I still remember when my daughter was born. My family came in and they said their oohs and their awws, but then my aunt whom I love and adore said, “She’s dark!” Not a malicious comment by any means to a normal person, but for me it was like a punch in the stomach. With the hormones, I remember feeling sad, crying, and even angry.
You’re probably thinking, “Why would ‘she’s dark’ be bad?” In that same 24 hours, we sent the newborn picture of our beautiful brown-skinned baby to our large family text chain and my mother-in-law’s first comment was, “She’s light.” I knew that she wasn’t and surely everyone would notice once they met her in person.
See, the focus on skin color in the Filipino community like most Asian cultures is: light skin equals beauty. If you go to the Philippines, you’ll see that most celebrities are fair-skinned, whether it be because of mixed descent or skin bleaching. A huge part of the Philippine beauty industry is skin lightening products because most people have this desire to alter their complexion.
As a first-generation American with immigrant parents, a lot of my upbringing had Filipino influence.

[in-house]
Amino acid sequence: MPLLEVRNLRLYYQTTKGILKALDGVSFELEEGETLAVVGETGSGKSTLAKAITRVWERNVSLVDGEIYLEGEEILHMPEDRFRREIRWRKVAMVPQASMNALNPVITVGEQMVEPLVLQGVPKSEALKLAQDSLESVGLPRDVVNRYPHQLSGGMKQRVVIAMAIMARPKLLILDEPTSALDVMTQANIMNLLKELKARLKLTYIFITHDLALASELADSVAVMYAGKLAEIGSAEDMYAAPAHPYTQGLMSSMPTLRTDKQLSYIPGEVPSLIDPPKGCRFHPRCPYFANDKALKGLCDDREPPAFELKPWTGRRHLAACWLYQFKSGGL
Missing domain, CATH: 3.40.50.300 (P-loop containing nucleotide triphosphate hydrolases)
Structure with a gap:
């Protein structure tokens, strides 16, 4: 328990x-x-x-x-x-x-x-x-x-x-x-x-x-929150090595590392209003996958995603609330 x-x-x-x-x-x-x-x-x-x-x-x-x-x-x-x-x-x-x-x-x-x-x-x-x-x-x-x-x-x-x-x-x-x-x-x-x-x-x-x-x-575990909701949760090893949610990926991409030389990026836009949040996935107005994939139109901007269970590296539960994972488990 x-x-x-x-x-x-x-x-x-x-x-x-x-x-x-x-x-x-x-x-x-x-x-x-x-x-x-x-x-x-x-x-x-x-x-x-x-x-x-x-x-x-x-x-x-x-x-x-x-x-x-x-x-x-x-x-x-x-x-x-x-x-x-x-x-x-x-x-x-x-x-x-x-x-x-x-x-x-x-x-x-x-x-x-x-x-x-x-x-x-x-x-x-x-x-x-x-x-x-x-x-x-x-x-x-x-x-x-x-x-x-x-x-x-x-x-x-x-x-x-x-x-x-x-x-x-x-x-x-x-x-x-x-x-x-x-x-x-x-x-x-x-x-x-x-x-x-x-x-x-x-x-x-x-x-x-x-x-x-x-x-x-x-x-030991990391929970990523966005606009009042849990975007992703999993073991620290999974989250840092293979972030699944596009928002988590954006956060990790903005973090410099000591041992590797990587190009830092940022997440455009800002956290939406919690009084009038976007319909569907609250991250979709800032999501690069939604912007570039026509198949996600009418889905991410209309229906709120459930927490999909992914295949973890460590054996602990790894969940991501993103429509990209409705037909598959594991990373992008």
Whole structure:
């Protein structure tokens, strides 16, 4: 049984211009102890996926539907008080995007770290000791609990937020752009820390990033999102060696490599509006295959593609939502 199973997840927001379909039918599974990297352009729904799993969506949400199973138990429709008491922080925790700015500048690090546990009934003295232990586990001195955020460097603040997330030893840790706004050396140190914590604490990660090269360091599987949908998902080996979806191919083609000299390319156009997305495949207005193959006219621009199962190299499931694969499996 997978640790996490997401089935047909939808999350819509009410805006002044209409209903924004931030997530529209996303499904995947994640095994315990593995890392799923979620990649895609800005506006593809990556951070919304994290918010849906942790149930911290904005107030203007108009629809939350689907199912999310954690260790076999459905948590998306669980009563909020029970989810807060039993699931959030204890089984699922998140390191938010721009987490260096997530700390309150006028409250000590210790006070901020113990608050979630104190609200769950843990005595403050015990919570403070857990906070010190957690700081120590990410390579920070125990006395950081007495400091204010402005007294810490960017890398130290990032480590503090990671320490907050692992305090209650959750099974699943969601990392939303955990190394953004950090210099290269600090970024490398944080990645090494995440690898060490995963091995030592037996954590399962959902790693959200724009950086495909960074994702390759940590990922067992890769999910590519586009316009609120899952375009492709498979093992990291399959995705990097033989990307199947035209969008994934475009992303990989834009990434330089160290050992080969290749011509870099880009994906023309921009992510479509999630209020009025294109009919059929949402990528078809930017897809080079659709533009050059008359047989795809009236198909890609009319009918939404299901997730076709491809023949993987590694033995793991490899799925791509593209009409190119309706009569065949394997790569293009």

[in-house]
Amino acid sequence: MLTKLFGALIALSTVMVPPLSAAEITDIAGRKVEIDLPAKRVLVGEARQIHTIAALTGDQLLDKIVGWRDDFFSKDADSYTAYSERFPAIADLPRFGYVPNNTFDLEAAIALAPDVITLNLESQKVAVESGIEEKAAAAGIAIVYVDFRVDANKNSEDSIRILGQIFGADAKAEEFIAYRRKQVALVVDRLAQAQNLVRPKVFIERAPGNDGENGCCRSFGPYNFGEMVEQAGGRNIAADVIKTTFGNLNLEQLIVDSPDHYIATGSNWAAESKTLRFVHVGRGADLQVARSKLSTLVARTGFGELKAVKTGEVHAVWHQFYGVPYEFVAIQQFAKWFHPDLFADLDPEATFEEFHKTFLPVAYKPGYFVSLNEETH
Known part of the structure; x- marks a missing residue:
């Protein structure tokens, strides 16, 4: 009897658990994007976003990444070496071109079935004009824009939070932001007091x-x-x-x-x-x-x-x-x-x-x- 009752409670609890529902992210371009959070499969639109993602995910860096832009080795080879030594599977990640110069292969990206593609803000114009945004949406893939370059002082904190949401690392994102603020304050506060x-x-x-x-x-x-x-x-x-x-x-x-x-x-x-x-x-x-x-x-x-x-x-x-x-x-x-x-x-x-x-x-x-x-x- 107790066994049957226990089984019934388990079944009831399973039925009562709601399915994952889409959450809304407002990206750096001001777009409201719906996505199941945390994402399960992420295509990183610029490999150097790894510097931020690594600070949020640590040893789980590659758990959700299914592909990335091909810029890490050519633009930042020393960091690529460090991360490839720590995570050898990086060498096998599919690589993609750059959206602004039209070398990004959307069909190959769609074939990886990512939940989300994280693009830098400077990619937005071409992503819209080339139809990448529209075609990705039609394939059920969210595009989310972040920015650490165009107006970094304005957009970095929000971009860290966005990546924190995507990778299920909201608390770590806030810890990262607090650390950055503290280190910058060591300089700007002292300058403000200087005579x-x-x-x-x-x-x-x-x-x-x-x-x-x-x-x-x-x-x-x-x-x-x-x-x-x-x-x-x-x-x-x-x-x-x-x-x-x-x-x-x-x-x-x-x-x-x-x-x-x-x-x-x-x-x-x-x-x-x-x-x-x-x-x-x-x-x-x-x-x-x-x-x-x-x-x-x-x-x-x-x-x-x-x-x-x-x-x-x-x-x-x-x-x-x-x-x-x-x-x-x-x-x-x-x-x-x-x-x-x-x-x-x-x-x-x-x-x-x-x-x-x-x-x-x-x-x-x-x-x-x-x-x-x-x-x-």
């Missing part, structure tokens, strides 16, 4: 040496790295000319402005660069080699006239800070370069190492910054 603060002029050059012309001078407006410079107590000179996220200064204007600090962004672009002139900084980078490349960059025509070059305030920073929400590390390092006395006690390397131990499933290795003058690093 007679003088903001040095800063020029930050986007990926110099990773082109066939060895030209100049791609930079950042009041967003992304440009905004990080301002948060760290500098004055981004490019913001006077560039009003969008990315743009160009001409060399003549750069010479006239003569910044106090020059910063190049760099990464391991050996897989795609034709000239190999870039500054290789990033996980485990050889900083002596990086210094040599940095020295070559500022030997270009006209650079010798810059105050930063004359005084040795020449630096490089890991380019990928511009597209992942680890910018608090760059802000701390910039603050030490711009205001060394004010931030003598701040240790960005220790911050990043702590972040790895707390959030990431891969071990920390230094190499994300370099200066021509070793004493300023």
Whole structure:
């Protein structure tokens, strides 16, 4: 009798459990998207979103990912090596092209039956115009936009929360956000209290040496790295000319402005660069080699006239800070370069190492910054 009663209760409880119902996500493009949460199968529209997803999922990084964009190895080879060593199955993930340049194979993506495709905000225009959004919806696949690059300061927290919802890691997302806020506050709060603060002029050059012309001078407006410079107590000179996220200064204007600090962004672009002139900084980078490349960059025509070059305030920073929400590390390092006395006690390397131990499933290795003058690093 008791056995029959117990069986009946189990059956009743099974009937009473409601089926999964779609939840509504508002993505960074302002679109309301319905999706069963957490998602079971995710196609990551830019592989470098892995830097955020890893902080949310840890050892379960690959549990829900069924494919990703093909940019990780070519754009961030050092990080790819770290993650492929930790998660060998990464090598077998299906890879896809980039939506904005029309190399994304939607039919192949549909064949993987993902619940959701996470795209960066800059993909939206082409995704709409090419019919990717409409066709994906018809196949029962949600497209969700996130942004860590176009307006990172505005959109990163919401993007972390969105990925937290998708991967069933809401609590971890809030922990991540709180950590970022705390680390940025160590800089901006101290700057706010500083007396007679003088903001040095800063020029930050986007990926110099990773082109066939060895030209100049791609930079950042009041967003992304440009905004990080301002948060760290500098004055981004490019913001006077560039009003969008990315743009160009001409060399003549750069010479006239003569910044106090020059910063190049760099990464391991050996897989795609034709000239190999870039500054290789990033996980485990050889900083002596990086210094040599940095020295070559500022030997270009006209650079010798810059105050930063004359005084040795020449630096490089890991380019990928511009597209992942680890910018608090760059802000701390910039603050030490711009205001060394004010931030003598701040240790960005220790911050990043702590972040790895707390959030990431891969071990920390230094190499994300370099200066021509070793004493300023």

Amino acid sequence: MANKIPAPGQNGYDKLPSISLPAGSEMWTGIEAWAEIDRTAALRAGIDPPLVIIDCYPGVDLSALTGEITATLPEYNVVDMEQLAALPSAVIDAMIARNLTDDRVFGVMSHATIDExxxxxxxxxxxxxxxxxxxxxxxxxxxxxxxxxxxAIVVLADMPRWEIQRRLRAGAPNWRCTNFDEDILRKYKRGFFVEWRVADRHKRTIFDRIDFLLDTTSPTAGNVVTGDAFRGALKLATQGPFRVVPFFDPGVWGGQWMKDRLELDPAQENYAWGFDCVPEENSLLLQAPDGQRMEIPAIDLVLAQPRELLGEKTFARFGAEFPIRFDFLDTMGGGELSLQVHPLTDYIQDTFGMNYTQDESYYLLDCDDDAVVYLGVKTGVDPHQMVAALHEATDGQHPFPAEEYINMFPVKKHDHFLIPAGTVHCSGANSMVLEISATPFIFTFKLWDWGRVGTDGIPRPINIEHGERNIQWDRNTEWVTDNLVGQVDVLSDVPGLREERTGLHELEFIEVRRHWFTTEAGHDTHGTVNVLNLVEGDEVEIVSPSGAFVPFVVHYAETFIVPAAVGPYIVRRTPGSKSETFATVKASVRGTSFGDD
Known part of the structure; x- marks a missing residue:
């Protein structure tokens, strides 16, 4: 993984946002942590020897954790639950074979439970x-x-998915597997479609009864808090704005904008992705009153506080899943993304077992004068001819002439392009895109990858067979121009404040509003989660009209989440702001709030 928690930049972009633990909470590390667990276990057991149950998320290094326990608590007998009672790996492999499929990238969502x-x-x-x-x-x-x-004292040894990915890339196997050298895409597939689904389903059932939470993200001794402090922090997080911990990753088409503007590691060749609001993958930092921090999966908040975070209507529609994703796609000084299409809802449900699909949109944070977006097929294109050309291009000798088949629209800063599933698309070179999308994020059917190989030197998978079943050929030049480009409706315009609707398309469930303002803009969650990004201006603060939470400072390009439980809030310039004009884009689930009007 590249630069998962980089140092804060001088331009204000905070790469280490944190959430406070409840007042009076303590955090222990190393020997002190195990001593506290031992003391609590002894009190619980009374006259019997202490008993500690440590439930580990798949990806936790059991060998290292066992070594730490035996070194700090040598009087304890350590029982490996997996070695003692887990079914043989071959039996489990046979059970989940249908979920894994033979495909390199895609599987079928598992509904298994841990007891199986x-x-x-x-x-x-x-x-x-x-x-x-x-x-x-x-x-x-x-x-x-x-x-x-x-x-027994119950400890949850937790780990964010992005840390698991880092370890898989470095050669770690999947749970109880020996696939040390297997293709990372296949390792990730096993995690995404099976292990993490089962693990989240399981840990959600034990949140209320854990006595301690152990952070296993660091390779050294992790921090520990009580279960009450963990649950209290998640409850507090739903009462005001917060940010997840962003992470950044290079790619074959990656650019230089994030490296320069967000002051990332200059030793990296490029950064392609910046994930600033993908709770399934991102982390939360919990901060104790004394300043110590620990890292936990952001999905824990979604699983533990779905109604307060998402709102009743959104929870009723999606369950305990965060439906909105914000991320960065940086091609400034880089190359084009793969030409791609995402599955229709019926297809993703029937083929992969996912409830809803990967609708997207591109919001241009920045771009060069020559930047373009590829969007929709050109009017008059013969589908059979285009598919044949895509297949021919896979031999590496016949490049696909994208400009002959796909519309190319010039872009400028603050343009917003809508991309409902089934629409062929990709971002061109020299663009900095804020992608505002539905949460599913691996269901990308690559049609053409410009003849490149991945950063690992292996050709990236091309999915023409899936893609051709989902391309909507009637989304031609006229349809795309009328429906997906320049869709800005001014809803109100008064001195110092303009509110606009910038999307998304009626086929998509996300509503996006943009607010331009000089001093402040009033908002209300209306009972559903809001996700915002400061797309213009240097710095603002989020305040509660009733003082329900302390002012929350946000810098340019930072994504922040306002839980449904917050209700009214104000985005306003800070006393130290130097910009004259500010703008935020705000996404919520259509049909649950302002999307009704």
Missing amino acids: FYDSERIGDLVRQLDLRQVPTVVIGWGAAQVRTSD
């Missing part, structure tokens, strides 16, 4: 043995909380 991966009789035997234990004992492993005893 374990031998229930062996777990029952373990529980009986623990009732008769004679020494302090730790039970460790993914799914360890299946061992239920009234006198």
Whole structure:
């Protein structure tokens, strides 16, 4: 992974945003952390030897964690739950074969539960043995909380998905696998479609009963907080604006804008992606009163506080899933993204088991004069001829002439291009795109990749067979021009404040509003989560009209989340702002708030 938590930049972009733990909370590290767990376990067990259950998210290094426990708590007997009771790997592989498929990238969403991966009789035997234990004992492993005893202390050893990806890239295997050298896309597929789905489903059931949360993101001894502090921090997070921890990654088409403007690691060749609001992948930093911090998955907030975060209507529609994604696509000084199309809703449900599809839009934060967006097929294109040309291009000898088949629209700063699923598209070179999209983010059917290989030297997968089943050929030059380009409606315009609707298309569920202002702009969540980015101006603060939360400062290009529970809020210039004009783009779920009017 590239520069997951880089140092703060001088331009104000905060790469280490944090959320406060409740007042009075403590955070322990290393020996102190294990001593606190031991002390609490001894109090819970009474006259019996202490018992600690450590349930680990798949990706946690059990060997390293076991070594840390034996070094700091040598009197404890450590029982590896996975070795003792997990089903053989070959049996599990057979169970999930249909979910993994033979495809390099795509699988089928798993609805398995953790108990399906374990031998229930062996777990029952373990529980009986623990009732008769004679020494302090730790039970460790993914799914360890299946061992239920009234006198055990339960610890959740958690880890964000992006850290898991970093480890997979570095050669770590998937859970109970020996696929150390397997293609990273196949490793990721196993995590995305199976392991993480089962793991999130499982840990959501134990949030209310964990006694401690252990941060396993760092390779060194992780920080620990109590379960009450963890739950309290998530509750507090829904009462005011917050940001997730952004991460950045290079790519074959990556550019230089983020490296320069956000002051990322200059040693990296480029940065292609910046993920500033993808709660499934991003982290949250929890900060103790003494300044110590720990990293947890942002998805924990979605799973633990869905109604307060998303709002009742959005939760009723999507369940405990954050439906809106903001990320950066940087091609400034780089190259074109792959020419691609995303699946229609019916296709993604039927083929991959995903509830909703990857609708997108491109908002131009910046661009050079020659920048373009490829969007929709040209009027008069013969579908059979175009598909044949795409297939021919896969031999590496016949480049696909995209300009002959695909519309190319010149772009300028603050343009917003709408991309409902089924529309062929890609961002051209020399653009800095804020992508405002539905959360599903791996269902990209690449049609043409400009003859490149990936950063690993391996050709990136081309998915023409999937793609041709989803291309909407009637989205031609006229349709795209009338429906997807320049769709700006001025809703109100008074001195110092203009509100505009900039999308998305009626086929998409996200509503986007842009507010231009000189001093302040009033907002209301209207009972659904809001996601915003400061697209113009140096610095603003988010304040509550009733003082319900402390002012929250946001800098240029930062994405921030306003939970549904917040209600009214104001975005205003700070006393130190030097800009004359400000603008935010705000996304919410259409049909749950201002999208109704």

There was lots of good, but unfortunately there was also some bad. Filipinos are notorious for being blunt, and usually it was related to appearance – to one’s weight, skin color, etc.
I had a lot of good memories growing up but there were also moments where I remember feeling “not pretty enough” or “not good enough,” and it was because of something that I couldn’t control.
It was my skin color.
I mean imagine wanting to swim for fun and exercise, but always having in the back of your mind this worry: “I’m getting darker!”
Fast forward 20 years, now as a mother raising a little girl, there are moments where I get flashbacks of my childhood and I find this little voice in my gut saying:
“Do better! Don’t Ever Make Your Daughter Feel Like That! Be The Voice That Lifts Her Up, Not The Voice That Brings Her Down.”
It’s tough. My husband and I are raising our children to be around family and I do catch family members inadvertently saying, “She’s getting so dark!” or obsessing over themselves or their children about getting dark.
Out of respect, I try to redirect the conversation or simply not partake and use other language like, “put on sunscreen so you don’t burn” vs. their language of “put on sunscreen so you don’t get dark!”
I know I’m not a perfect mother and I’m sure when my daughter is a mom, she’ll look back and find things that she would change in how I raised her.
But my goal is to do the best I can do now, with the experiences I’ve had and learned from. I’ve experienced low self-esteem and sadness for being dark, Moreno, Kayumanggi (dark in Tagalog). And although I’ve grown from those moments, those words will always be with me because it’s embedded in my upbringing.
It’s vital that this ends with me and that I do better so that my little girl’s upbringing will include phrases and words of affirmations like, “brown is beautiful. All colors are beautiful!”